June-July 2021

Page 26


Amazon workers aren’t as concerned about the minimum wage as they are about brutal working conditions


A year ago, ex-Amazon employee Chris Smalls and other demonstrators protested what they viewed as a lack of COVID-19 safety measures at an Amazon fulfillment center in Staten Island, New York. He claims he was fired for dissenting and is now organizing a union at the facility.



Then there’s the surveillance and control that Amazon maintains. “They have GPS bracelets that track where you are within the workplace,” Vachon noted. “And if you spend more than a certain number of minutes—even in the bathroom— you’re getting docked pay for unproductive use of your time.” Organizing at Bessemer Conditions at Bessemer prompted disgruntled workers to join forces with the Retail, Wholesale and Department Store Union, which is part of the United Food and Commercial Workers Union, an international organization with 1.3 million members. The RWDSU sent staff members to Bessemer to help print leaflets, make T-shirts and produce buttons—all designed to generate excitement around the campaign to unionize. “But the unionization effort came from the workers themselves,” Vachon emphasized. Union organization usually proceeds slowly, but the Bessemer campaign came to a vote unusually quickly, arriving in just five months, according to Vachon. Organizers generally want to win over 50% of the workforce before acknowledging that they’re even thinking about a union. The organizers wanted a bargaining unit of 1,500 workers, meaning that’s how many would cast votes for or against. But Amazon successfully petitioned the National Labor Relations Board to expand the unit to 5,800 members, substantially diluting support for the union, Vachon said. Having to convince that many more people to vote in favor of the union also created a lot of work for the organizers, he noted. A key factor in the Bessemer situation was the high turnover of employees, which is 100%, according to Vachon. That means more employees leave the job during the course of a year than the facility employs at any one time.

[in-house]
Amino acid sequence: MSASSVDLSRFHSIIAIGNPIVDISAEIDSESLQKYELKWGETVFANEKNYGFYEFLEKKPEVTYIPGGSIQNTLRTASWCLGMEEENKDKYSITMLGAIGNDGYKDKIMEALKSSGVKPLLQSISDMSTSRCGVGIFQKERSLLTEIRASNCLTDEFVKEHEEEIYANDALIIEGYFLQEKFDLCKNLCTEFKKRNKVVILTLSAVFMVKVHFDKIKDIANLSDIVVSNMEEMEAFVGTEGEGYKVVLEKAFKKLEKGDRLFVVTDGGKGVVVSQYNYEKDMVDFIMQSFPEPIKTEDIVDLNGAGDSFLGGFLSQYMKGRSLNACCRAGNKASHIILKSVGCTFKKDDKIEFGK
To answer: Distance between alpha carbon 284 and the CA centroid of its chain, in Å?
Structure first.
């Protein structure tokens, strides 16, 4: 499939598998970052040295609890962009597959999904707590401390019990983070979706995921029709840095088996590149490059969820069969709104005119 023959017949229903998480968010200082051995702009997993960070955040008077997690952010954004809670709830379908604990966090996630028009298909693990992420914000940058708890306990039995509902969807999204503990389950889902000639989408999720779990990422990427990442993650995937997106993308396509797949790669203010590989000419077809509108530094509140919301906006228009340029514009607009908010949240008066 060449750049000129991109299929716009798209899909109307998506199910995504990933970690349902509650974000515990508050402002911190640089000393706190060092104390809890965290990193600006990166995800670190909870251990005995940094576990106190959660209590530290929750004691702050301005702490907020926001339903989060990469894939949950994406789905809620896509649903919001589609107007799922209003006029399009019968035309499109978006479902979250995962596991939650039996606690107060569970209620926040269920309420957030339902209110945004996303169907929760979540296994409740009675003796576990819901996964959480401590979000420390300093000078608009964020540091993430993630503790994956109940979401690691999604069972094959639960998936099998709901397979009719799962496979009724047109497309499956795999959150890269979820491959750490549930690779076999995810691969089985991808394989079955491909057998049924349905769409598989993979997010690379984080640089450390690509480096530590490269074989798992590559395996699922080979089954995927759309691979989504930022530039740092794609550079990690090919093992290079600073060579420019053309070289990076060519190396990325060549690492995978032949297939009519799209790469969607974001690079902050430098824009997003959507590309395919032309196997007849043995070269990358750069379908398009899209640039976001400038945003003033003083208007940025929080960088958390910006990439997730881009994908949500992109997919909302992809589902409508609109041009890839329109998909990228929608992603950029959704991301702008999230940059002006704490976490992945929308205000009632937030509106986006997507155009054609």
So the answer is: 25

mazon employs blatant union-busting tactics to keep harried workers from organizing at its giant fulfillment centers, according to observers of recent events at the company’s facilities in Bessemer, Alabama, and Staten Island, New York. The result? Despite what many consider harsh and even dangerous working conditions, employees at Bessemer resoundingly rejected unionization in April by a vote of 738 in favor and 1,798 opposed. But experts contend that many of the workers actually had little choice but to vote against their own interests. Union organizing at Bessemer began the way it often does, with a handful of dissatisfied workers talking discreetly among themselves about grievances and deciding to do something about it, said Todd E. Vachon, facility coordinator at the Labor Education Action Research Network at Rutgers University. “Quite a few workers who started working at the warehouse previously had unionized jobs,” Vachon told Luckbox. “So they’re used to having all the benefits and contract protections of a union.” Pickers who move merchandise around in the Bessemer fulfillment center weren’t as concerned about earning higher wages as they were about how fast they have to work, how many packages they have to handle per shift and how many injuries can result, according to Vachon. Amazon might require workers to pick 400 items per hour, which translates to 4,000 to 6,000 per 10-hour or 12-hour shift, noted Chris Smalls, a former worker at the company’s Staten Island fulfillment center. “It’s common to have people taking pain medicine or muscle relaxer because the body’s put to the test every day,” said Smalls. That’s why Amazon places vending machines in the facilities to dispense over-the-counter pain medication.

Luckbox | June/July 2021

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